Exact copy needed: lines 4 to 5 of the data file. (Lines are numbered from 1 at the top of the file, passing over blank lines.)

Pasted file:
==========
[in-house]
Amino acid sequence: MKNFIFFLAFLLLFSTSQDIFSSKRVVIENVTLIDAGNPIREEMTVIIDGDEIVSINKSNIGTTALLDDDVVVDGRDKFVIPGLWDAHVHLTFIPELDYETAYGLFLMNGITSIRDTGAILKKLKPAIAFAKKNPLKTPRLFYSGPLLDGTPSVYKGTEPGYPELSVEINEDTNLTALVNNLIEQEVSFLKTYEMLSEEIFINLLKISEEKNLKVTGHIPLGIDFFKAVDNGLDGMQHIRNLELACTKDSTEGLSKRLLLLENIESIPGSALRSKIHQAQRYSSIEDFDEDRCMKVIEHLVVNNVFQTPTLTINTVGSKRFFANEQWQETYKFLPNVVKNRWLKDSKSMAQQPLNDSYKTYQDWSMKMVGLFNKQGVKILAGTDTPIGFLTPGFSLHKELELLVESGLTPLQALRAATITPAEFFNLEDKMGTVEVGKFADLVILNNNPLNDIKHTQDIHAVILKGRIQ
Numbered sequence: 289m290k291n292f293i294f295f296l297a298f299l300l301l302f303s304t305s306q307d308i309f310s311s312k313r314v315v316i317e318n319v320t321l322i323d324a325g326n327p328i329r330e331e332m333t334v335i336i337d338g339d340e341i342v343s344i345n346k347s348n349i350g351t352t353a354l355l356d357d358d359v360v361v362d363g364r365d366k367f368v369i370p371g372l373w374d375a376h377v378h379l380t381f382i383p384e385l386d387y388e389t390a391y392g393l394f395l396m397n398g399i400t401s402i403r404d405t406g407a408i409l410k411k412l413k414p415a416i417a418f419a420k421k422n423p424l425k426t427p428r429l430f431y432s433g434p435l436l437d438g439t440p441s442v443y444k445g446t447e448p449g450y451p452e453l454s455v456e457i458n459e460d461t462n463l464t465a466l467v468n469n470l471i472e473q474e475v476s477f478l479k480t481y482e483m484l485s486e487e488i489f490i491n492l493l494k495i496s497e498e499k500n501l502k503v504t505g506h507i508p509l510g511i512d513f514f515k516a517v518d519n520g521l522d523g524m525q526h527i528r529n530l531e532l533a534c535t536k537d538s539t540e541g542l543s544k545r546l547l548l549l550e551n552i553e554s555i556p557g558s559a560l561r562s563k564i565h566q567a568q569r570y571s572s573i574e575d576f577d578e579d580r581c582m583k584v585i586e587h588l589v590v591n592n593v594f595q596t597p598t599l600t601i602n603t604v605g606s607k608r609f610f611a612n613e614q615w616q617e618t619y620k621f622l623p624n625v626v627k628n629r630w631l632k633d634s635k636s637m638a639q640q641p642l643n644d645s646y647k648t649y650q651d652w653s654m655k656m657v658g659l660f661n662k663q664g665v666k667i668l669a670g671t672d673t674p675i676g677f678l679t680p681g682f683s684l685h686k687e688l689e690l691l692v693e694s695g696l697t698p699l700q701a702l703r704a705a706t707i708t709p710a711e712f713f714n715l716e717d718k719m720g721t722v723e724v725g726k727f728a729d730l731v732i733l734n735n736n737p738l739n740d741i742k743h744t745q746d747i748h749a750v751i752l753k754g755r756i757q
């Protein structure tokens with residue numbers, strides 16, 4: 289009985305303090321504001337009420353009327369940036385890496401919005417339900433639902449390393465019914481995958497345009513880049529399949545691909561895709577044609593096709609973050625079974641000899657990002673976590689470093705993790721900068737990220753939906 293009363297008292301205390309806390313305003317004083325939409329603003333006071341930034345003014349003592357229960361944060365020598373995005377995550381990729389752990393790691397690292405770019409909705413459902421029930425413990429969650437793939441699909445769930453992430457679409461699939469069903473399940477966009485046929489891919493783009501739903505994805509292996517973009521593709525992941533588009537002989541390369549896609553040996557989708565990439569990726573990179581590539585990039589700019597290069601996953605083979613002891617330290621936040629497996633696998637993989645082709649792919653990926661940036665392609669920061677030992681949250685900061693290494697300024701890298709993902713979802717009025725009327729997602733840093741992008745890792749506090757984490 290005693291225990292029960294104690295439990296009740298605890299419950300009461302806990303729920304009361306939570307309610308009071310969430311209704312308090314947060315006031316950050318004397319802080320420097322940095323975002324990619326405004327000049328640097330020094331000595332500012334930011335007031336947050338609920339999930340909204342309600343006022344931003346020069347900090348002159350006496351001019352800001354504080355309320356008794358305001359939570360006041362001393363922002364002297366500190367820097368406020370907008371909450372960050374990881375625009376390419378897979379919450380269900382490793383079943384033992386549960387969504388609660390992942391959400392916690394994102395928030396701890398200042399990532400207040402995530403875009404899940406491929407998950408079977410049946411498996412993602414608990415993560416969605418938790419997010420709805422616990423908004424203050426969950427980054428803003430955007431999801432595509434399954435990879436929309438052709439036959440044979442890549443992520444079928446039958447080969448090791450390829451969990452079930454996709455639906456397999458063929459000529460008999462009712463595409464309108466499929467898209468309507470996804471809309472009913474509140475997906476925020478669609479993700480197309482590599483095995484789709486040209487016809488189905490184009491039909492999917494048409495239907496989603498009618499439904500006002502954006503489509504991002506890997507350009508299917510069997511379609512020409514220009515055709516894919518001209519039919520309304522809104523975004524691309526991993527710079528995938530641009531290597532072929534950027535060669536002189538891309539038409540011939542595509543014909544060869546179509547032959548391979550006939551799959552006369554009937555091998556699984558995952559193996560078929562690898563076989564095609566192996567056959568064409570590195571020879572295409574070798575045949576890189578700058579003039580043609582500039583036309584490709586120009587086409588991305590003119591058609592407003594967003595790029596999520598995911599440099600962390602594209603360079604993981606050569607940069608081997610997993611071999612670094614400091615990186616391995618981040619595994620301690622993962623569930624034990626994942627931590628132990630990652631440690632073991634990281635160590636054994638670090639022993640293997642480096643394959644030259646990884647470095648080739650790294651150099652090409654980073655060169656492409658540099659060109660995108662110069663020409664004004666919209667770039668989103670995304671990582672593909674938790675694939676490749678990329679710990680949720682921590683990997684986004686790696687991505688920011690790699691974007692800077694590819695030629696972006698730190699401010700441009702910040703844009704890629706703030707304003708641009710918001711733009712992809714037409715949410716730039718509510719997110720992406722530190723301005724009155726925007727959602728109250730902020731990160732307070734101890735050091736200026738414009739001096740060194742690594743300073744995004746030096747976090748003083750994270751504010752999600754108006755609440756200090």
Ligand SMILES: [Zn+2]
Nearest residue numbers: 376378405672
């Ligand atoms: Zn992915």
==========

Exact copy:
């Protein structure tokens with residue numbers, strides 16, 4: 289009985305303090321504001337009420353009327369940036385890496401919005417339900433639902449390393465019914481995958497345009513880049529399949545691909561895709577044609593096709609973050625079974641000899657990002673976590689470093705993790721900068737990220753939906 293009363297008292301205390309806390313305003317004083325939409329603003333006071341930034345003014349003592357229960361944060365020598373995005377995550381990729389752990393790691397690292405770019409909705413459902421029930425413990429969650437793939441699909445769930453992430457679409461699939469069903473399940477966009485046929489891919493783009501739903505994805509292996517973009521593709525992941533588009537002989541390369549896609553040996557989708565990439569990726573990179581590539585990039589700019597290069601996953605083979613002891617330290621936040629497996633696998637993989645082709649792919653990926661940036665392609669920061677030992681949250685900061693290494697300024701890298709993902713979802717009025725009327729997602733840093741992008745890792749506090757984490 290005693291225990292029960294104690295439990296009740298605890299419950300009461302806990303729920304009361306939570307309610308009071310969430311209704312308090314947060315006031316950050318004397319802080320420097322940095323975002324990619326405004327000049328640097330020094331000595332500012334930011335007031336947050338609920339999930340909204342309600343006022344931003346020069347900090348002159350006496351001019352800001354504080355309320356008794358305001359939570360006041362001393363922002364002297366500190367820097368406020370907008371909450372960050374990881375625009376390419378897979379919450380269900382490793383079943384033992386549960387969504388609660390992942391959400392916690394994102395928030396701890398200042399990532400207040402995530403875009404899940406491929407998950408079977410049946411498996412993602414608990415993560416969605418938790419997010420709805422616990423908004424203050426969950427980054428803003430955007431999801432595509434399954435990879436929309438052709439036959440044979442890549443992520444079928446039958447080969448090791450390829451969990452079930454996709455639906456397999458063929459000529460008999462009712463595409464309108466499929467898209468309507470996804471809309472009913474509140475997906476925020478669609479993700480197309482590599483095995484789709486040209487016809488189905490184009491039909492999917494048409495239907496989603498009618499439904500006002502954006503489509504991002506890997507350009508299917510069997511379609512020409514220009515055709516894919518001209519039919520309304522809104523975004524691309526991993527710079528995938530641009531290597532072929534950027535060669536002189538891309539038409540011939542595509543014909544060869546179509547032959548391979550006939551799959552006369554009937555091998556699984558995952559193996560078929562690898563076989564095609566192996567056959568064409570590195571020879572295409574070798575045949576890189578700058579003039580043609582500039583036309584490709586120009587086409588991305590003119591058609592407003594967003595790029596999520598995911599440099600962390602594209603360079604993981606050569607940069608081997610997993611071999612670094614400091615990186616391995618981040619595994620301690622993962623569930624034990626994942627931590628132990630990652631440690632073991634990281635160590636054994638670090639022993640293997642480096643394959644030259646990884647470095648080739650790294651150099652090409654980073655060169656492409658540099659060109660995108662110069663020409664004004666919209667770039668989103670995304671990582672593909674938790675694939676490749678990329679710990680949720682921590683990997684986004686790696687991505688920011690790699691974007692800077694590819695030629696972006698730190699401010700441009702910040703844009704890629706703030707304003708641009710918001711733009712992809714037409715949410716730039718509510719997110720992406722530190723301005724009155726925007727959602728109250730902020731990160732307070734101890735050091736200026738414009739001096740060194742690594743300073744995004746030096747976090748003083750994270751504010752999600754108006755609440756200090």
Ligand SMILES: [Zn+2]